How can you be penalised if you fail to confine your poultry?

Two cases of bird flu have been confirmed in Ireland in recent weeks and the Department of Agriculture has informed poultry flock owners that they are now required to confine all poultry and captive birds in their possession.

These birds must be confined in a secure building to which wild birds, or other animals do not have access, the Department of Agriculture has announced.

The control measures are regulated by the Animal Health and Welfare Act 2013, of which Regulation 3 of the Avian Influenza Regulations says that persons who have poultry or captive birds in their possession or under their control must take all reasonable steps to confine the birds in a secure.

Where this is not possible,  they must take measures to confine them in such a manner that they do not have access to other poultry or other captive birds or wild birds.

A spokesperson for the Department said this is a penal provision to which section 36 (4) (b) of the Animal Health and Welfare Act 2013 applies.

Section 36 (4) (b) states that contraventions of Regulation 3 constitute an offence, and on summary conviction a person is liable to a class A fine or to imprisonment for a term not exceeding six months, or to both.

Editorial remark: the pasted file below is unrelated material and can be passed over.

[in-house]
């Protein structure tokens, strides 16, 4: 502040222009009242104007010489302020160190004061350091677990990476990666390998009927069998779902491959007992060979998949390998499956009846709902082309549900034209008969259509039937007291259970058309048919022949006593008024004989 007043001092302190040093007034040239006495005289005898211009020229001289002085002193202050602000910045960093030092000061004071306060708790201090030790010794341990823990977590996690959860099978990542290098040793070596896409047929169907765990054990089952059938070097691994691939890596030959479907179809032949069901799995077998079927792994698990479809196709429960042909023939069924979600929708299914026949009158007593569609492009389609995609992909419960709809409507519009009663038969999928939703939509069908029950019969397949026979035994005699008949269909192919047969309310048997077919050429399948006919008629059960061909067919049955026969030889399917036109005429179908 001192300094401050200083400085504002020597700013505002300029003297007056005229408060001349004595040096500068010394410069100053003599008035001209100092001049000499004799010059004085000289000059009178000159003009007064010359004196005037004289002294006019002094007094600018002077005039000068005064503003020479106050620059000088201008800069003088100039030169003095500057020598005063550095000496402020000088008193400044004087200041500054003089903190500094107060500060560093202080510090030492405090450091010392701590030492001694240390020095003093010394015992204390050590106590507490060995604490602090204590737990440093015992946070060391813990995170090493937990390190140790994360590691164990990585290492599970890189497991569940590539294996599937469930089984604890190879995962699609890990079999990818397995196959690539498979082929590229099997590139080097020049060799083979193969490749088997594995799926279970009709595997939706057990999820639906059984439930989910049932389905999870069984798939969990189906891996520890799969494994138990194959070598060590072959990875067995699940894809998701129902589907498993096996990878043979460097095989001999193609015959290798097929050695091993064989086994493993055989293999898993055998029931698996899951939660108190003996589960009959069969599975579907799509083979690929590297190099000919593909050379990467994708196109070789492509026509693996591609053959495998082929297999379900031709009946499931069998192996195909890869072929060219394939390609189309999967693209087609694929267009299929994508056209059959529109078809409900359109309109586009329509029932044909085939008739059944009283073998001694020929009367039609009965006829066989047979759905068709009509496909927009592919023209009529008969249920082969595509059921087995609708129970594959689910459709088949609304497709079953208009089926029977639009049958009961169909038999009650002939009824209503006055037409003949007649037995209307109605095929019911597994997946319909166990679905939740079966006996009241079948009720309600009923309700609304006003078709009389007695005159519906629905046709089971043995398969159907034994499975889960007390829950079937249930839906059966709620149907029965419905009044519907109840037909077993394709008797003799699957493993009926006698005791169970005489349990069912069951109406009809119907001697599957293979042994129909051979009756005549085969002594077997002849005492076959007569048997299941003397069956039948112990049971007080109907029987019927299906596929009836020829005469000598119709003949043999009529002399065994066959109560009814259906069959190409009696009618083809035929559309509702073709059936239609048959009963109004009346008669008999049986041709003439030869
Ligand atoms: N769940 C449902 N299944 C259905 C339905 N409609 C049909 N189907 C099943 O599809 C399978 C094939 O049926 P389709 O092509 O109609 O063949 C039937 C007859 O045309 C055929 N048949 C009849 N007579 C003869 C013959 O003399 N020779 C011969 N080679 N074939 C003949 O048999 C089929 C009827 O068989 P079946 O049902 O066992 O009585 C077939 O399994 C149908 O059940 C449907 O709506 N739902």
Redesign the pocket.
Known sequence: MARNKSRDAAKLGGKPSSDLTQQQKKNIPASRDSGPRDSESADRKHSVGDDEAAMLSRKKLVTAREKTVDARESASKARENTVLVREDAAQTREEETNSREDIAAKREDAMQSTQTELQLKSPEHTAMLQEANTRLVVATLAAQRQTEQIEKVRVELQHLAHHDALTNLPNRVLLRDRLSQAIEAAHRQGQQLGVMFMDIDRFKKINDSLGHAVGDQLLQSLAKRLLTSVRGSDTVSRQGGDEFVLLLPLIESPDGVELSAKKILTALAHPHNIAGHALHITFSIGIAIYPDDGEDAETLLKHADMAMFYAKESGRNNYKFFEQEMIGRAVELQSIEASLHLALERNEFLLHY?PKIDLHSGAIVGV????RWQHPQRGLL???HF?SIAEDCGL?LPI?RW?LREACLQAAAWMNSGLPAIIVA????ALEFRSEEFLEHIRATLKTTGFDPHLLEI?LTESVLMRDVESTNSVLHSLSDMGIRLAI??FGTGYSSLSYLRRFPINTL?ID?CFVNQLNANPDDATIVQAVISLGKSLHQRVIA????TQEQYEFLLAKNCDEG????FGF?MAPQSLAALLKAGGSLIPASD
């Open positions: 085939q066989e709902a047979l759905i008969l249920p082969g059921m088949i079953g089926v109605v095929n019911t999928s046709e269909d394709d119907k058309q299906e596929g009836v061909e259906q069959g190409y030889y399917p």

“Alternatively, on conviction on indictment, a person is liable to a fine not exceeding €250,000 or to a term of imprisonment not exceeding five years or to both,” the Department spokesperson confirmed.

The spokesperson added that the Department of Food and the Marine will be carrying out risk-based checks on confinement on bio-security measures adding that there will be no cross-compliance implications for farmers who fail to adhere to the regulations.

The actions of a few could jeopardise a whole industry

IFA National Poultry Committee Chairman, Nigel Renaghan said he is fearful that flock owners who fail to keep their birds indoors will do damage to the poultry sector in Ireland.

He added that these birds will be the first to get avian influenza.

It’s reckless of these people to keep birds outside. The motive may be good but the reality is devastating.

Renaghan said that actions of a few could jeopardise an entire industry and it could have a huge effect on Ireland’s ability to export poultry products if an outbreak occurred in a commercial flock.

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